10 Jan 2010

Project: Focal lengths

When I first started photography I was stuck with a single focal length on my box brownie (quite wide angled as I recall).  My first SLR also only had one lens, a 50mm focal length, so I became adept at moving around to get the angle of view that I needed to frame my shots.  For the past 25 years I have had the joy of zoom lenses which have allowed me to become lazy.  I am well used to standing just about anywhere and crank my lens in or out to frame the subject, something I should probably try to avoid.  It is one thing to frame the shot well, perhaps excluding a scruffy object from the side of a nice landscape by tightening the shot slightly but completely another to accept the angle that your current view gives you as correct and use the lens to make up for moving your feet.  So a zoom lens has great advantages but can lead to bad habits.  It is also worth remembering that when your lens will only open up to f4.0 or in some cases as little f5.6 then it is hard to exercise really good depth of field control.  Not many of us can afford the really expensive professional zooms that can achieve f2.8 in a 70-200 zoom!

Exercise: Focal lengths

This exercise asks us to shoot a scene with a wide angle and then use a zoom lens to adjust the focal length to bring part of the shot into close-up.  

The view I chose was of over the city of Shanghai looking from the Pudong side of the Huangpu River towards the river itself.  This side of the city has many impressive buildings but at the time I chose many of them were in darkness leaving the streets and apartments to take centre stage.  I used a tripod and didn't move it from one shot to the next.  Of note, in the shots are the light trails left by the moving vehicles during the long 20 second exposure and the glow of the many orange sodium lights reflecting back from the cloud and pollution that lay over the city.

Shanghai city - 20sec, f8.0, ISO200, 17mm

Having shot my wide angle view, I switched to a 400mm zoom and concentrated on a couple of areas of the river side in the top left portion of the original scene.

River Police HQ - 20sec, f8.0, ISO200, 400mm

Dredger - 20sec, f8.0, ISO200, 400mm

The close up that can be achieved by zooming to 400mm is impressive but, as the text books suggest, the view is the same.  From the camera's point of view nothing has changed, just a narrowing of the size of the shot and a great deal of magnification.  Of note is that all shots needed the same time, f stop and ISO to achieved the same good exposure regardless of the amount of zoom used.  I also used the 'mirror up' technique on the long shots to reduce the amount of vibration on taking the photograph.

Exercise: Focal lengths and different viewpoints 

This exercise is similar to the previous one but rather than sitting at the same spot and using different lenses I am now shooting a subject with a long lens and then moving my position to bring it to the same relative size when using a short lens.  I have always been acutely aware of the startling difference that a wide angle lens can create when use close up to a subject when compared to shooting it from a distance with a long lens but now I can demonstrate the difference here.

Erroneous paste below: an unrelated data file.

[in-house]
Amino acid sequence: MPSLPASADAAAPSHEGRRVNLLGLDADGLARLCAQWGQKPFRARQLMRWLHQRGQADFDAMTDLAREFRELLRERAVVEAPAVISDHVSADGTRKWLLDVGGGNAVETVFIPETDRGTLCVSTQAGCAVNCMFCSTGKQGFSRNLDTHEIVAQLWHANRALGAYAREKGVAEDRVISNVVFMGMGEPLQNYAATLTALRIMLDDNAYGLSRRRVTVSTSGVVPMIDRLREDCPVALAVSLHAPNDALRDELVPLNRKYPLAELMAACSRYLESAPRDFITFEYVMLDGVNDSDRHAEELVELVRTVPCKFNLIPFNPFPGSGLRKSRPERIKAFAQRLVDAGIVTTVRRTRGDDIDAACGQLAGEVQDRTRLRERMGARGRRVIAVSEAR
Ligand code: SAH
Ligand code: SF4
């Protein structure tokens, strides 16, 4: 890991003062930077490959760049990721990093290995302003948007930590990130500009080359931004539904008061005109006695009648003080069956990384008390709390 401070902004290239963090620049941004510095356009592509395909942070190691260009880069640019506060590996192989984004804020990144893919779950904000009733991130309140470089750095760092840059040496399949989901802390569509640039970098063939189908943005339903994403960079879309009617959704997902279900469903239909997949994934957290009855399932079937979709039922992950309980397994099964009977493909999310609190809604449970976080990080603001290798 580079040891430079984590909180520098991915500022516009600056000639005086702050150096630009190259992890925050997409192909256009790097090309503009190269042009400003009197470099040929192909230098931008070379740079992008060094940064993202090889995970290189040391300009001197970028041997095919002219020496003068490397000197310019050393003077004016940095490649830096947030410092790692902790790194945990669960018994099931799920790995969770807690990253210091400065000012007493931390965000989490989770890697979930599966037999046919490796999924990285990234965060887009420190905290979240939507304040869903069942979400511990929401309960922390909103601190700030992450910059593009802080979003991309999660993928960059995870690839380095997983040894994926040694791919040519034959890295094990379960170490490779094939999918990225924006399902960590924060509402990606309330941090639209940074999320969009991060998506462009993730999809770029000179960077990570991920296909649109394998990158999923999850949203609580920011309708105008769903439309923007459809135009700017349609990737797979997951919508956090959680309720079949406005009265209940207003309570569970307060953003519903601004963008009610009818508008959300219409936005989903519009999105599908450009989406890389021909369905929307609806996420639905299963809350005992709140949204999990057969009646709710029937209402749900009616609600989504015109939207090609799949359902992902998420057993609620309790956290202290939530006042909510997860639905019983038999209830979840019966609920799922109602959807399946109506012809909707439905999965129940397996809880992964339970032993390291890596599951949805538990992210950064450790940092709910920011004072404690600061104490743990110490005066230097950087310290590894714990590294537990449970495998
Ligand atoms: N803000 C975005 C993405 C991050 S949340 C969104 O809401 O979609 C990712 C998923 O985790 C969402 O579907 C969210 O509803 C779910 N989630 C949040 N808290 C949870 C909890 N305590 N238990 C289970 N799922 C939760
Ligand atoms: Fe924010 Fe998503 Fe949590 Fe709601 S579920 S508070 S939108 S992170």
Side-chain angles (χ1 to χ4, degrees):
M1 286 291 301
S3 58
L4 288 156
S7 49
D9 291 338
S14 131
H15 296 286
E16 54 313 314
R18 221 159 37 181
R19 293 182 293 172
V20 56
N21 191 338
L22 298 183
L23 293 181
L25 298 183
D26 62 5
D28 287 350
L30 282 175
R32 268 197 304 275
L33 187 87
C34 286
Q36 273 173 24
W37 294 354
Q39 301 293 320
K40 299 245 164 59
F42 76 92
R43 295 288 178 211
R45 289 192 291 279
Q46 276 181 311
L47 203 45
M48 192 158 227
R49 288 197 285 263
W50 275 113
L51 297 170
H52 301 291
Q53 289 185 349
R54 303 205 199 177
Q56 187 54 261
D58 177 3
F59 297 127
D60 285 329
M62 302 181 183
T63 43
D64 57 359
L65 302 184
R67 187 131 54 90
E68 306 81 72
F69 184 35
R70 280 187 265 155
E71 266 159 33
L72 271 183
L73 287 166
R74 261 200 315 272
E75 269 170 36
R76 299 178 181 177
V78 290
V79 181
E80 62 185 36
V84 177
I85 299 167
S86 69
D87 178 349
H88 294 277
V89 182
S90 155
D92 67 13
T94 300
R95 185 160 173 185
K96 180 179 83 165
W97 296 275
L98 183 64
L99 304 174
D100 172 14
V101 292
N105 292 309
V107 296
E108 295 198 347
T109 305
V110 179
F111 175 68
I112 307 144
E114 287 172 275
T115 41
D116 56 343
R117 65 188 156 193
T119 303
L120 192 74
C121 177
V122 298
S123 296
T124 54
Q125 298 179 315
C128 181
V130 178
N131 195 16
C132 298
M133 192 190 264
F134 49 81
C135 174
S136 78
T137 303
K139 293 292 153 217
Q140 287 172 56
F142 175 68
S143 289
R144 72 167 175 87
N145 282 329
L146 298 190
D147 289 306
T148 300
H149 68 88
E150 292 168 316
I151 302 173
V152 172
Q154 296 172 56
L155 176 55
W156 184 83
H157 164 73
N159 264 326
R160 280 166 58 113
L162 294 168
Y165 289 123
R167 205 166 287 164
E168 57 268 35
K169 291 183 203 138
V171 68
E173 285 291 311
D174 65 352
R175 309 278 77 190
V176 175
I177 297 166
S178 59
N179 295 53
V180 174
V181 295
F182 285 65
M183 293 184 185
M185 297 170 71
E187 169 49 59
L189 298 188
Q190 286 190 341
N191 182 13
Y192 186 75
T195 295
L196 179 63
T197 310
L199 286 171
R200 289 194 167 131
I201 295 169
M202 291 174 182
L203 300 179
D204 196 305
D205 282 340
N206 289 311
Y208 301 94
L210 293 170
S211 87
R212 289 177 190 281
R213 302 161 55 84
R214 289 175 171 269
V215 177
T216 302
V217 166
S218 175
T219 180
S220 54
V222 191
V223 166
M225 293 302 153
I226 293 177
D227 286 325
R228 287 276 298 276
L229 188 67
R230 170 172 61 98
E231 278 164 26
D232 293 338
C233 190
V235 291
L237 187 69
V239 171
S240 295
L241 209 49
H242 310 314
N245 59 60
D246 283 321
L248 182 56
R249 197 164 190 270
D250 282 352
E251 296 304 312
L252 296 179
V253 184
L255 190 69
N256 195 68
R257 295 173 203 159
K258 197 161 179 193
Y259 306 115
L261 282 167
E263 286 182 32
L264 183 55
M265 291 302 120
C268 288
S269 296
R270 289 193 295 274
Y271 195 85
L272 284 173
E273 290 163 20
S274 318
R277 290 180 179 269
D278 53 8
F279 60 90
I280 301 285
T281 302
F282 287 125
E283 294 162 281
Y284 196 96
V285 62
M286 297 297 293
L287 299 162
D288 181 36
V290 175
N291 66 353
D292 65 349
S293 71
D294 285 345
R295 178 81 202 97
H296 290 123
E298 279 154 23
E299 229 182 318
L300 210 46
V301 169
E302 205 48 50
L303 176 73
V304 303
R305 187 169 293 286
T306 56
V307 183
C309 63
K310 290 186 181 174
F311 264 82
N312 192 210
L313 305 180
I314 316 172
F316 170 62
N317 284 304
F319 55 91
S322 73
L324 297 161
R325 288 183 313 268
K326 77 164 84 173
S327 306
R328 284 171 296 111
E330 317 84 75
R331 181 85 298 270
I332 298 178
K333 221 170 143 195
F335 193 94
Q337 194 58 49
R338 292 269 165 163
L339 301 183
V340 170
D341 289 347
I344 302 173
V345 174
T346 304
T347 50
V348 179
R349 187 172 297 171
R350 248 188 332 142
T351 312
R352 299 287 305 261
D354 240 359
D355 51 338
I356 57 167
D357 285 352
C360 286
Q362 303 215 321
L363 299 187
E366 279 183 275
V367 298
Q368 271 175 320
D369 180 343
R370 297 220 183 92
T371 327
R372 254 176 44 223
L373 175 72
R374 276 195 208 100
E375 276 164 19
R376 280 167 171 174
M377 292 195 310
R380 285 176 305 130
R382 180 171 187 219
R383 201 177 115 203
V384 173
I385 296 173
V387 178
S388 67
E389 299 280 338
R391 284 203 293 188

With a long lens I first shot a couple of lion statues that guarded the entrance to a bank in Shanghai.

 1/640, f8.0, 
ISO200, 400mm

 1/800, f9.0, 
ISO200, 400mm

The composition is necessarily limited since from around 100 metres away there are very few options on how to photograph a statue.  The shot is very flat and the total area only covers the lion and a few stone blocks and part of the door or the single window behind. Of interest, the man walking in front of the right hand lion is a good 20 feet from the lion but the distance is foreshortened by the effect of the long lens.

In contrast the same subject shot at the same size in the view finder but with a wide angle lens shows a dramatically different view. 

1/320, f13.0, 
ISO200, f17

1/320, f13.0, 
ISO200, 17mm

The increased angle of view provided by a wide angle lens allows the inclusion of the entire sky scraper behind the lion with room to spare.  It has the effect of emphasising the closer parts ie the feet and claws to dramatic effect and giving an imperious tilt to the regal nose of the lion.  The whole effect is the opposite of the foreshortened long lens appearance as with the wide angle lens there is a great feeling of depth and soaring height.  It does, however, result in considerable distortion of the verticals causing much more convergence than is actually there.

These effects are also very apparent in the other example here.  The metal sculpture is called the 'Light of the Orient' and sits on a roundabout near the Innovation and Technology museum of Shanghai.

1/320, f13, ISO200, 150mm

1/320, f13.0, ISO200, 17mm

Although I only used 150mm to shoot the long lens version (there was too much in the way to retreat further) the effect is very similar to 300mm or more.  The sculpture is very flat and is surrounded by the lower part of the glass buildings behind.  The shot looks crowded and busy with traffic and light poles in front and a mass of structure behind.  It isn't an unpleasant shot as it puts the sculpture in the context of a busy city full of action and bustle.  On the other hand, the wide angle shot, which has the subject at a very similar size in the view finder has a completely different feel.  The sculpture looks long and dynamic as the shaft stretches up into the disc, pointing high into the sky.  The area around looks empty and quiet with the buildings set back and it gives the sculpture dominance over it's surrounds.  The feel of the shot is quite different with the sculpture being the whole purpose of the picture whereas the other view had the sculpture as part of it's surroundings.

No comments:

Post a Comment